GAO’s reports and testimonies give Congress, federal agencies, and the public timely, fact-based, non-partisan information that can improve government operations and save taxpayers billions of dollars.
What GAO Found The Office of Congressional Workplace Rights (OCWR) did not incorporate key cybersecurity management practices into the planning for its Secure Online Claims Reporting and Tracking E-filing System (SOCRATES) project.
The Office of Special Counsel (OSC) is charged with safeguarding the merit system by protecting federal employees and applicants for employment from prohibited personnel practices, such as discrimination, nepotism, and retaliation against whistleblowing.
In 1997, the National Security Agency and the National Institute of Standards and Technology formed the National Information Assurance Partnership (NIAP) to boost federal agencies' and consumers' confidence in information security products manufactured by vendors.
The Census Bureau's mission is to serve as the leading source of high quality data about the American people and the economy. This information is used to determine congressional and state legislative districts and to distribute hundreds of billions of dollars in federal funds each year.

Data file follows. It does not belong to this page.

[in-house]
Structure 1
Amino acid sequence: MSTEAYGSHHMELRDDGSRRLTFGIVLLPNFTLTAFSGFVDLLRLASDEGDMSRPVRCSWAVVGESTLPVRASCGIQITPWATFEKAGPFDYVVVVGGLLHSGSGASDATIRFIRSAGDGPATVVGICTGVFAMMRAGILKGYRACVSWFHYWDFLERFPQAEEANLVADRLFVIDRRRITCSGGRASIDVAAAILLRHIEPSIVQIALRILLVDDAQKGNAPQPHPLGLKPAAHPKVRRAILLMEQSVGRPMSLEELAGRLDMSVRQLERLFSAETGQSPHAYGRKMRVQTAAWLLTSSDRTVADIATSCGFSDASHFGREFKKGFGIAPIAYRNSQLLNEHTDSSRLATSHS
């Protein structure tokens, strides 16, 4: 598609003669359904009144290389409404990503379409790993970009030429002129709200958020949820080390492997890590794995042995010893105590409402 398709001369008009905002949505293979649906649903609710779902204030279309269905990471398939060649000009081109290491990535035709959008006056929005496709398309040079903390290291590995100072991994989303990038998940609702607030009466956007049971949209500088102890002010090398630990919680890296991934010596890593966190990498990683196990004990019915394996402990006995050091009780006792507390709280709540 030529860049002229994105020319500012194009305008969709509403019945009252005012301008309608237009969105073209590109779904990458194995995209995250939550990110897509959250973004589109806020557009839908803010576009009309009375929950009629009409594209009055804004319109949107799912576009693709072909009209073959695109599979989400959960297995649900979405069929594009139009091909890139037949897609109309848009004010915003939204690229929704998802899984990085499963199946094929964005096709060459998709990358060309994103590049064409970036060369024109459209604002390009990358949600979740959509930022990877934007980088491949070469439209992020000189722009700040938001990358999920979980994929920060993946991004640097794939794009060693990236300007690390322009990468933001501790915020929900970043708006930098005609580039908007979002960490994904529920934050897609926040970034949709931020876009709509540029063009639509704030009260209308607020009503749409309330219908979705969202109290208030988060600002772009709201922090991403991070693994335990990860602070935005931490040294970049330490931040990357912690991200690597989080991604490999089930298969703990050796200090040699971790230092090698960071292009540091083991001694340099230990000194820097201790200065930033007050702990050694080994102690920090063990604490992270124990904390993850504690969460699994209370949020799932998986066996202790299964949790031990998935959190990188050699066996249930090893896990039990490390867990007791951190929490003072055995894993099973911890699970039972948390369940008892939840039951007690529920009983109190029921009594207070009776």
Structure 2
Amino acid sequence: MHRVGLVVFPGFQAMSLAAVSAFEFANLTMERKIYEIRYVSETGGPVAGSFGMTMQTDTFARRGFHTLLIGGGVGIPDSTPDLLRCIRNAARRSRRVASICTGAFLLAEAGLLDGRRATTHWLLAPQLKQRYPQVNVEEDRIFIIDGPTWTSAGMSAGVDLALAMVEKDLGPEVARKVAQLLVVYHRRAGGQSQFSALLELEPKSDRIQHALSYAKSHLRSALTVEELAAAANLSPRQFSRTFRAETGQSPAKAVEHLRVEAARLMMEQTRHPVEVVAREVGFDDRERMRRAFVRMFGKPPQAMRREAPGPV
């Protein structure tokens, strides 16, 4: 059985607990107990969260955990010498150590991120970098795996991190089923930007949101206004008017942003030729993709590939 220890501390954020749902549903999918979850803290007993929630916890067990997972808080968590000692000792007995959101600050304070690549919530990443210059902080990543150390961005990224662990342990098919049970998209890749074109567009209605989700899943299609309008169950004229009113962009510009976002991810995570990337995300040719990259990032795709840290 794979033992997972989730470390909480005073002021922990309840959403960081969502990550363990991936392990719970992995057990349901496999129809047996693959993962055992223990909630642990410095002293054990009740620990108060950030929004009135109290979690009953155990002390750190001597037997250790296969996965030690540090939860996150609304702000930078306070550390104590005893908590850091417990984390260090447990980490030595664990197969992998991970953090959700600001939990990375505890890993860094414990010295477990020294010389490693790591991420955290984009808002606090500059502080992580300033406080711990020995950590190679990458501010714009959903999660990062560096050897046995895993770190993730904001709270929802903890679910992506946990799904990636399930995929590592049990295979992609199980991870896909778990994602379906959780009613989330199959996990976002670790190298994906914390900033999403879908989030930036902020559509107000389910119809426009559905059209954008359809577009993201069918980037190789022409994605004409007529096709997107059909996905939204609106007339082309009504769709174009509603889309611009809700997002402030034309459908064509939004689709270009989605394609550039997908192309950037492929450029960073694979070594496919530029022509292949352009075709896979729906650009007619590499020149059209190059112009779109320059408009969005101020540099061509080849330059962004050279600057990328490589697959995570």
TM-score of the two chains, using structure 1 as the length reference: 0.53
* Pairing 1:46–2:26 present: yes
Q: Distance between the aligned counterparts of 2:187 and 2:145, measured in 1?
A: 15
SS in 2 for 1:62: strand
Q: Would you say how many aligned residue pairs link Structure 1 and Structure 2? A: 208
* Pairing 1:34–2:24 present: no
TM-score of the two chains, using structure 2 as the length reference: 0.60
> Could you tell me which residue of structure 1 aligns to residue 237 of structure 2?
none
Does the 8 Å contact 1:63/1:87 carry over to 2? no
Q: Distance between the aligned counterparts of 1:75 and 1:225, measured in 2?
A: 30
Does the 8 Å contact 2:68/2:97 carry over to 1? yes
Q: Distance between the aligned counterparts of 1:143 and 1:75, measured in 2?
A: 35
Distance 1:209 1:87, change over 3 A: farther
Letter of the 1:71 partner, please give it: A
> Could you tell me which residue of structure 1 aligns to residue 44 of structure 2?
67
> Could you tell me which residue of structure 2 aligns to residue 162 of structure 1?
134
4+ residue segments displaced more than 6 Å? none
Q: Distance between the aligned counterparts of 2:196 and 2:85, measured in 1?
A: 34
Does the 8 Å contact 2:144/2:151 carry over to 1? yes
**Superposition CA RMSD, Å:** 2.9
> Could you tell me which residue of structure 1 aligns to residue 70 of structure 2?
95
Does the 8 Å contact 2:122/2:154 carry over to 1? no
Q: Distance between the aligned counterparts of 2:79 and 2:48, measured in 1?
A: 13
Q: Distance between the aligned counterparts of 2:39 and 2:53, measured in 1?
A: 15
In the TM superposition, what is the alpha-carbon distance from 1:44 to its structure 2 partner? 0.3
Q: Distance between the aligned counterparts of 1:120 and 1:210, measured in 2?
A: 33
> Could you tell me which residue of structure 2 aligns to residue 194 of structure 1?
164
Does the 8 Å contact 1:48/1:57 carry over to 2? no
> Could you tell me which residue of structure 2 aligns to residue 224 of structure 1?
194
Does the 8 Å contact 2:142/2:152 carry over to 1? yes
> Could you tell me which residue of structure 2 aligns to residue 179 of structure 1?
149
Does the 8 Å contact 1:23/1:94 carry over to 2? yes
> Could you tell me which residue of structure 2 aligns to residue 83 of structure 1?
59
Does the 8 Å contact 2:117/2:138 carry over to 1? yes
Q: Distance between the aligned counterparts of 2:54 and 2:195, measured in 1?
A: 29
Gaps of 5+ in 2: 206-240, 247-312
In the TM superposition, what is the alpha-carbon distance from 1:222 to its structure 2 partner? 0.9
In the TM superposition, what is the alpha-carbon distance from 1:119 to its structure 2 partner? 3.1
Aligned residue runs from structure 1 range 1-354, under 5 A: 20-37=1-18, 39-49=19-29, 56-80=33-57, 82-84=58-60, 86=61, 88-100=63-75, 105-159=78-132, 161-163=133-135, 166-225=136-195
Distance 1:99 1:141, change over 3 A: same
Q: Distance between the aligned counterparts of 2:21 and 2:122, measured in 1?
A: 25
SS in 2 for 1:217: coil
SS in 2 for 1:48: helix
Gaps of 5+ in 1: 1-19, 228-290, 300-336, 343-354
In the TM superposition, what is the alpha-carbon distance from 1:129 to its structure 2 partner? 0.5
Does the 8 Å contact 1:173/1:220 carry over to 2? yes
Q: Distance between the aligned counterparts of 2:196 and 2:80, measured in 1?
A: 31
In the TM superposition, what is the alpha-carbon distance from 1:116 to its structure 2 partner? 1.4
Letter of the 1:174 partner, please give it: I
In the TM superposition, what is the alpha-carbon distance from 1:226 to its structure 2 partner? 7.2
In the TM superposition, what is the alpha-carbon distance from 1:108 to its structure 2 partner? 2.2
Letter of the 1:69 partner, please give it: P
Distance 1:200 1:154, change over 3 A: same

The use of wireless networks is becoming increasingly popular. Wireless networks extend the range of traditional wired networks by using radio waves to transmit data to wireless-enabled devices such as laptops. They can offer federal agencies many potential benefits but they are difficult to secure.
For many years, GAO has reported on the widespread negative impact of poor information security within federal agencies and has identified it as a governmentwide high-risk issue since 1997. Legislation designed to improve information security was enacted in October 2000.
The Federal Information Security Management Act of 2002 reauthorizes and expands the information security, evaluation, and reporting requirements enacted in the National Defense Authorization Act for Fiscal Year 2001.